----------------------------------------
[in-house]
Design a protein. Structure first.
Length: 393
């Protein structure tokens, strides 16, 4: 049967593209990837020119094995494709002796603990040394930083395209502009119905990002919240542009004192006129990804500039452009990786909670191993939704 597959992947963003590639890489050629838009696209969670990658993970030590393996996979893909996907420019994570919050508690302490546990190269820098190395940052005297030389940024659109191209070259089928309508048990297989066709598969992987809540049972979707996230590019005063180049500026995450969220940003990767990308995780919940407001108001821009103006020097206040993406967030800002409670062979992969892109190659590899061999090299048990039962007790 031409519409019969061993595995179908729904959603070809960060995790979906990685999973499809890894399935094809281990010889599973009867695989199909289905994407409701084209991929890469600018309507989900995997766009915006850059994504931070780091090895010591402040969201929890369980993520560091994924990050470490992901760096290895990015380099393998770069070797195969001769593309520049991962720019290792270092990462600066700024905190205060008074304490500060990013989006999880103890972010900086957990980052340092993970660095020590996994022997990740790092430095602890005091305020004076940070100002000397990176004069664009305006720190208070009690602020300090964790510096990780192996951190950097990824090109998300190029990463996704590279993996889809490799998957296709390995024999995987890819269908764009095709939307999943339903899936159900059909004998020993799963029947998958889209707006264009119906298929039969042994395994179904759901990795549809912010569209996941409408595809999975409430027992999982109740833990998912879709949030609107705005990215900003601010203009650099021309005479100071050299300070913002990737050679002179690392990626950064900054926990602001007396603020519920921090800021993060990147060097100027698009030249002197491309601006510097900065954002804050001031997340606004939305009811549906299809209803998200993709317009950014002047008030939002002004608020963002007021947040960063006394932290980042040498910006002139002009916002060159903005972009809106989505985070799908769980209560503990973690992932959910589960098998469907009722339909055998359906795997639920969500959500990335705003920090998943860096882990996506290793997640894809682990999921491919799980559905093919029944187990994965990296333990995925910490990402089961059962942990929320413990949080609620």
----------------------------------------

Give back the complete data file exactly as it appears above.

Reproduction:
[in-house]
Design a protein. Structure first.
Length: 393
């Protein structure tokens, strides 16, 4: 049967593209990837020119094995494709002796603990040394930083395209502009119905990002919240542009004192006129990804500039452009990786909670191993939704 597959992947963003590639890489050629838009696209969670990658993970030590393996996979893909996907420019994570919050508690302490546990190269820098190395940052005297030389940024659109191209070259089928309508048990297989066709598969992987809540049972979707996230590019005063180049500026995450969220940003990767990308995780919940407001108001821009103006020097206040993406967030800002409670062979992969892109190659590899061999090299048990039962007790 031409519409019969061993595995179908729904959603070809960060995790979906990685999973499809890894399935094809281990010889599973009867695989199909289905994407409701084209991929890469600018309507989900995997766009915006850059994504931070780091090895010591402040969201929890369980993520560091994924990050470490992901760096290895990015380099393998770069070797195969001769593309520049991962720019290792270092990462600066700024905190205060008074304490500060990013989006999880103890972010900086957990980052340092993970660095020590996994022997990740790092430095602890005091305020004076940070100002000397990176004069664009305006720190208070009690602020300090964790510096990780192996951190950097990824090109998300190029990463996704590279993996889809490799998957296709390995024999995987890819269908764009095709939307999943339903899936159900059909004998020993799963029947998958889209707006264009119906298929039969042994395994179904759901990795549809912010569209996941409408595809999975409430027992999982109740833990998912879709949030609107705005990215900003601010203009650099021309005479100071050299300070913002990737050679002179690392990626950064900054926990602001007396603020519920921090800021993060990147060097100027698009030249002197491309601006510097900065954002804050001031997340606004939305009811549906299809209803998200993709317009950014002047008030939002002004608020963002007021947040960063006394932290980042040498910006002139002009916002060159903005972009809106989505985070799908769980209560503990973690992932959910589960098998469907009722339909055998359906795997639920969500959500990335705003920090998943860096882990996506290793997640894809682990999921491919799980559905093919029944187990994965990296333990995925910490990402089961059962942990929320413990949080609620």